Friday, September 5, 2008

Clarifying History

The Republicans state that they are the party of the “hand up” and speak pejoratively of the Democrats as the party of the “hand out.” It doesn’t matter if you agree or disagree with their view of the role of government. What happens is if they have been true to their stated purpose.

If their characterization of themselves is to be honest, then the record should be replete with efforts to level the playing the field, for surely our country’s earliest days repressed minorities and women. Once the playing field is level, then the “hand up” label can be effective.

Let’s highlight a few milestones along the way of establishing “equality” in American society.

Slavery. In 1865, President Lincoln (a republican) “freed” the slaves by presidential proclamation. Freedom grounded in the Constitution came when the 13th Amendment was passed in 1867. President Johnson (a democrat) assured southern governors (all democrats) that it wouldn’t be enforced, so their Black Codes could stand.

Equal Pay. Although many people look to the Equal Pay Act of 1963 as the milestone legislation in this area, that legislation merely extended to all sectors of the economy the rule that was already in place inside the federal government. In 1872, Congress passed a law to give women federal employees equal pay for equal work.

The make-up of Congress at the time?

The 42d Congress (1871-1873) had 74 Senate seats comprised of 56 Republicans, 17 Democrats, and 1 Liberal Republican. The House had 292 seats comprised of 199 Republicans, 88 Democrats, and 5 independents.

Suffrage. In 1920, women received the right to vote through passage of the 19th Amendment. The path to ratification included its first introduction in the federal (65th) Congress in 1918, when it passed the House (Republican majority) but was tabled in the Senate (Democrat majority) for eight months. When the Senate finally acted (still a Democrat majority), it failed to pass. It eventually was passed the following June (the Republicans now held the Senate majority), and was sent to the states.

The state action included resounding defeats in southern states (Democrat strongholds), and came to the Tennessee House. The United States Constitution would be amended if this body passed the measure. Although the House Speaker Seth Walker (Democrat) had pulled every parliamentary trick trying to defeat the measure (after originally saying he was for it), it came to an amazing 48-48 tie with one House member yet to cast. Representative Harry Burn (Republican) had previously voted to table the measure, but since Walker (certain of a victory) had forced a vote, Republican Representative Burn cast his for passage. The 19th Amendment was ratified.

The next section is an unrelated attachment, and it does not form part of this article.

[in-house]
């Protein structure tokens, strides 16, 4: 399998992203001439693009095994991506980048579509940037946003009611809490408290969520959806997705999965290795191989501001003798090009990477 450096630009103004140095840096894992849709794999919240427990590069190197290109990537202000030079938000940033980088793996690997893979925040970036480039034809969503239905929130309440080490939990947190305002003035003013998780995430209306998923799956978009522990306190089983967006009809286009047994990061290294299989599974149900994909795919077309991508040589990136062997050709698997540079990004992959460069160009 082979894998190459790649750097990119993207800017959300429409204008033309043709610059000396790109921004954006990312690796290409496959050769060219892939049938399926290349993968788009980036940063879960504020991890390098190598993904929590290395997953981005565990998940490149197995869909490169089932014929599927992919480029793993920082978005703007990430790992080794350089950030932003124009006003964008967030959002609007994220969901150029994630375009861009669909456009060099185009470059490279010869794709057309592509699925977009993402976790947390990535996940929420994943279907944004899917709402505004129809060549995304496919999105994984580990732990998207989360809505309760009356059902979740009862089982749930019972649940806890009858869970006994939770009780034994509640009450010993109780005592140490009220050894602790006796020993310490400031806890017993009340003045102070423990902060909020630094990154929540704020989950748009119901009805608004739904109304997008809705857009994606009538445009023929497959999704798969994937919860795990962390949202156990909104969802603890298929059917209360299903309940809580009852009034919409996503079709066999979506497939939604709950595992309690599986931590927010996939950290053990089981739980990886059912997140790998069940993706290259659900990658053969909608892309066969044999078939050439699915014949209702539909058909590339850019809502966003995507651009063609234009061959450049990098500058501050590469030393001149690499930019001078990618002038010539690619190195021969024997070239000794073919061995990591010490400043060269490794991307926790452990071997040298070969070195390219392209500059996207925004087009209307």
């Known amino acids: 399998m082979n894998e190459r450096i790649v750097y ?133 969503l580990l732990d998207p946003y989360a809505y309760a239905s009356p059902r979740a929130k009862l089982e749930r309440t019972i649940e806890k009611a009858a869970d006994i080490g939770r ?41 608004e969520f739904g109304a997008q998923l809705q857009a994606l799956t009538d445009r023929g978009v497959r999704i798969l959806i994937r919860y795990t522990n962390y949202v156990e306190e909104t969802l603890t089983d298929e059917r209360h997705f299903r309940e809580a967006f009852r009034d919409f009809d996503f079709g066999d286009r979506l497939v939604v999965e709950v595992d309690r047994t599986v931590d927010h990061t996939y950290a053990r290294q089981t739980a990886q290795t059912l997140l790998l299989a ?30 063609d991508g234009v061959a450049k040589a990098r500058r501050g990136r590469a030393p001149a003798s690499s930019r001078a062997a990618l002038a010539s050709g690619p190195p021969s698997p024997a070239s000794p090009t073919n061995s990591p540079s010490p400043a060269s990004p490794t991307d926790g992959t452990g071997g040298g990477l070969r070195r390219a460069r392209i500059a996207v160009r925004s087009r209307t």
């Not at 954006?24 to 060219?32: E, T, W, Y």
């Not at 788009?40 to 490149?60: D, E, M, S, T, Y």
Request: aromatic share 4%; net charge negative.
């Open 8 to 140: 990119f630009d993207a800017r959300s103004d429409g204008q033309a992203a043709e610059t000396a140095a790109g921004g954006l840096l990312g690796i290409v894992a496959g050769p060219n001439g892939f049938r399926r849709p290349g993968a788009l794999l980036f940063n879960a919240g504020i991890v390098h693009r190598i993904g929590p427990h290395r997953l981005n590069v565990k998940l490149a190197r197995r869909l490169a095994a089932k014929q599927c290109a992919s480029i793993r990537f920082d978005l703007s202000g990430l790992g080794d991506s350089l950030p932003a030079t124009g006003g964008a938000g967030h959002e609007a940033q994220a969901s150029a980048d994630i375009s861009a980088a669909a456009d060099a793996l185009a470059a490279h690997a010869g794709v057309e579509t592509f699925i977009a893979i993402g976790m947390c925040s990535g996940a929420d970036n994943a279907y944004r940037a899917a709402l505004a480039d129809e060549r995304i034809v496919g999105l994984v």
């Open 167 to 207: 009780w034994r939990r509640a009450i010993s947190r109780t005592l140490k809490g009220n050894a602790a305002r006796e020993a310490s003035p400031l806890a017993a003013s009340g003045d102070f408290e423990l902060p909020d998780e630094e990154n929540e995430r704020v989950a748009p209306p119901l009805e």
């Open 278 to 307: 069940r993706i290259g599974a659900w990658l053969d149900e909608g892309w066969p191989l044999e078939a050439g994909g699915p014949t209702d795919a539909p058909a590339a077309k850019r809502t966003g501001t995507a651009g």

Segregation. In 1954, the Supreme Court of the United States dumped the “separate but equal” doctrine through Brown v. Board of Education of Topeka. The ruling in favor of Brown was a 9-0 vote, led by Chief Justice Earl Warren (Republican). Brown, of course, overturned Plessey v. Ferguson which held that “separate but equal” segregation was constitutional. Plessey was a 7-1 vote within the Melville Fuller (Democrat) court.

The Pill. The birth control pill was approved by the FDA on June 23, 1960, during the Eisenhower (Republican) Administration.

Civil Rights Legislation. The Civil Rights Act of 1964 won approval after a long battle.

In the House, the bill went from the Judiciary Committee to the Rules Committee. Chairman Howard W. Smith (Democrat) said that he would keep the bill indefinitely. It took a few months, a presidential statement, and the potential humiliation of a successful discharge petition for Smith to release the bill to the floor.

More procedural maneuvers ensued in the Senate, including a 54-day filibuster led by the “Southern Bloc” senators (Democrats). Senator Russell (D-GA) stated, "We will resist to the bitter end any measure or any movement which would have a tendency to bring about social equality and intermingling and amalgamation of the races in our (Southern) states.” The filibuster included a speech by Senator Byrd (D-WV) that lasted over 14 hours. Sen. Byrd opposed the bill.

In the audience for the Senate debacle was Martin Luther King, Jr., (Republican).

The voting by party:

The original House version: Democratic Party: 152-96 (61%-39%); Republican Party: 138-34 (80%-20%)

The Senate version: Democratic Party: 46-21 (69%-31%); Republican Party: 27-6 (82%-18%)

The Senate version, voted on by the House: Democratic Party: 153-91 (63%-37%); Republican Party: 136-35 (80%-20%)

Republicans were instrumental in freeing the slaves, establishing equal pay, getting women the right to vote, ending segregation, and establishing civil rights for all. Hell, they were even in charge when The Pill was approved.

So how are Republicans viewed by women and minorities? I don’t need to explore voting patterns – they are common knowledge.

Let’s visit one organization.

The National Organization for Women (note “for” not “of”) states on the website, “Our purpose is to take action to bring women into full participation in society — sharing equal rights, responsibilities and opportunities with men, while living free from discrimination.”

What more participation would NOW want beyond a woman nominated to be the Vice President of the United States? NOW’s position: “Gov. Palin may be the second woman vice-presidential candidate on a major party ticket, but she is not the right woman.”

Oh. They must mean Republican. Gov. Palin is not the right kind of woman because she’s a Republican.

In my best Obama voice: "But, ah, um, that, um, makes no, oh, oh, oh - sense. Makes no sense. I've been saying that for months."

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